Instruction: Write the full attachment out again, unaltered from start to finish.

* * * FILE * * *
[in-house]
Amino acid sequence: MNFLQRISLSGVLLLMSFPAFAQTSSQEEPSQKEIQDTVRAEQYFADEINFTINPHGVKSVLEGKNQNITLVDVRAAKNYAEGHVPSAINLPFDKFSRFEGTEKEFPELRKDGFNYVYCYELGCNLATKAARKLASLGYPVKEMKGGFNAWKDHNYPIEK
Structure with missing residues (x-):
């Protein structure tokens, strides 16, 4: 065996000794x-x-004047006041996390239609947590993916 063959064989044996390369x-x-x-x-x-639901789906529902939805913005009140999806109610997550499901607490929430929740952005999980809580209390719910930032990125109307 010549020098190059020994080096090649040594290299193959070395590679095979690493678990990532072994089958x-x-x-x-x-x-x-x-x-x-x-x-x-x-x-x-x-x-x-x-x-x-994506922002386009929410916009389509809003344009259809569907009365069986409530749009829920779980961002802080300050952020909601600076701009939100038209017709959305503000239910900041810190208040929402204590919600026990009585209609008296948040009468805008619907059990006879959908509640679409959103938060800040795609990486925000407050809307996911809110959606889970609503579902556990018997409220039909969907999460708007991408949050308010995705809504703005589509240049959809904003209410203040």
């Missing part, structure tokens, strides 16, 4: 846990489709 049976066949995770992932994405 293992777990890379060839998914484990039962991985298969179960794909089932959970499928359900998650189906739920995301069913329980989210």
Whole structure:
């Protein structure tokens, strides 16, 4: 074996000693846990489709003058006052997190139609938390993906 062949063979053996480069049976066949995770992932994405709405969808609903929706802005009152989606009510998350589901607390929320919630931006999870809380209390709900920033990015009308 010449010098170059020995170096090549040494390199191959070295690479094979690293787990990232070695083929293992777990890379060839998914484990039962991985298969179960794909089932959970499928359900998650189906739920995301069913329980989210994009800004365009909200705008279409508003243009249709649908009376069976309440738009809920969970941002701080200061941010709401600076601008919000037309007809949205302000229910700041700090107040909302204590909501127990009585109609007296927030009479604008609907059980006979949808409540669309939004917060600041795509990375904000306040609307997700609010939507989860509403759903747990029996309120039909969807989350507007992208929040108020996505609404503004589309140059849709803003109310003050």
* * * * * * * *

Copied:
[in-house]
Amino acid sequence: MNFLQRISLSGVLLLMSFPAFAQTSSQEEPSQKEIQDTVRAEQYFADEINFTINPHGVKSVLEGKNQNITLVDVRAAKNYAEGHVPSAINLPFDKFSRFEGTEKEFPELRKDGFNYVYCYELGCNLATKAARKLASLGYPVKEMKGGFNAWKDHNYPIEK
Structure with missing residues (x-):
């Protein structure tokens, strides 16, 4: 065996000794x-x-004047006041996390239609947590993916 063959064989044996390369x-x-x-x-x-639901789906529902939805913005009140999806109610997550499901607490929430929740952005999980809580209390719910930032990125109307 010549020098190059020994080096090649040594290299193959070395590679095979690493678990990532072994089958x-x-x-x-x-x-x-x-x-x-x-x-x-x-x-x-x-x-x-x-x-x-994506922002386009929410916009389509809003344009259809569907009365069986409530749009829920779980961002802080300050952020909601600076701009939100038209017709959305503000239910900041810190208040929402204590919600026990009585209609008296948040009468805008619907059990006879959908509640679409959103938060800040795609990486925000407050809307996911809110959606889970609503579902556990018997409220039909969907999460708007991408949050308010995705809504703005589509240049959809904003209410203040």
């Missing part, structure tokens, strides 16, 4: 846990489709 049976066949995770992932994405 293992777990890379060839998914484990039962991985298969179960794909089932959970499928359900998650189906739920995301069913329980989210």
Whole structure:
């Protein structure tokens, strides 16, 4: 074996000693846990489709003058006052997190139609938390993906 062949063979053996480069049976066949995770992932994405709405969808609903929706802005009152989606009510998350589901607390929320919630931006999870809380209390709900920033990015009308 010449010098170059020995170096090549040494390199191959070295690479094979690293787990990232070695083929293992777990890379060839998914484990039962991985298969179960794909089932959970499928359900998650189906739920995301069913329980989210994009800004365009909200705008279409508003243009249709649908009376069976309440738009809920969970941002701080200061941010709401600076601008919000037309007809949205302000229910700041700090107040909302204590909501127990009585109609007296927030009479604008609907059980006979949808409540669309939004917060600041795509990375904000306040609307997700609010939507989860509403759903747990029996309120039909969807989350507007992208929040108020996505609404503004589309140059849709803003109310003050």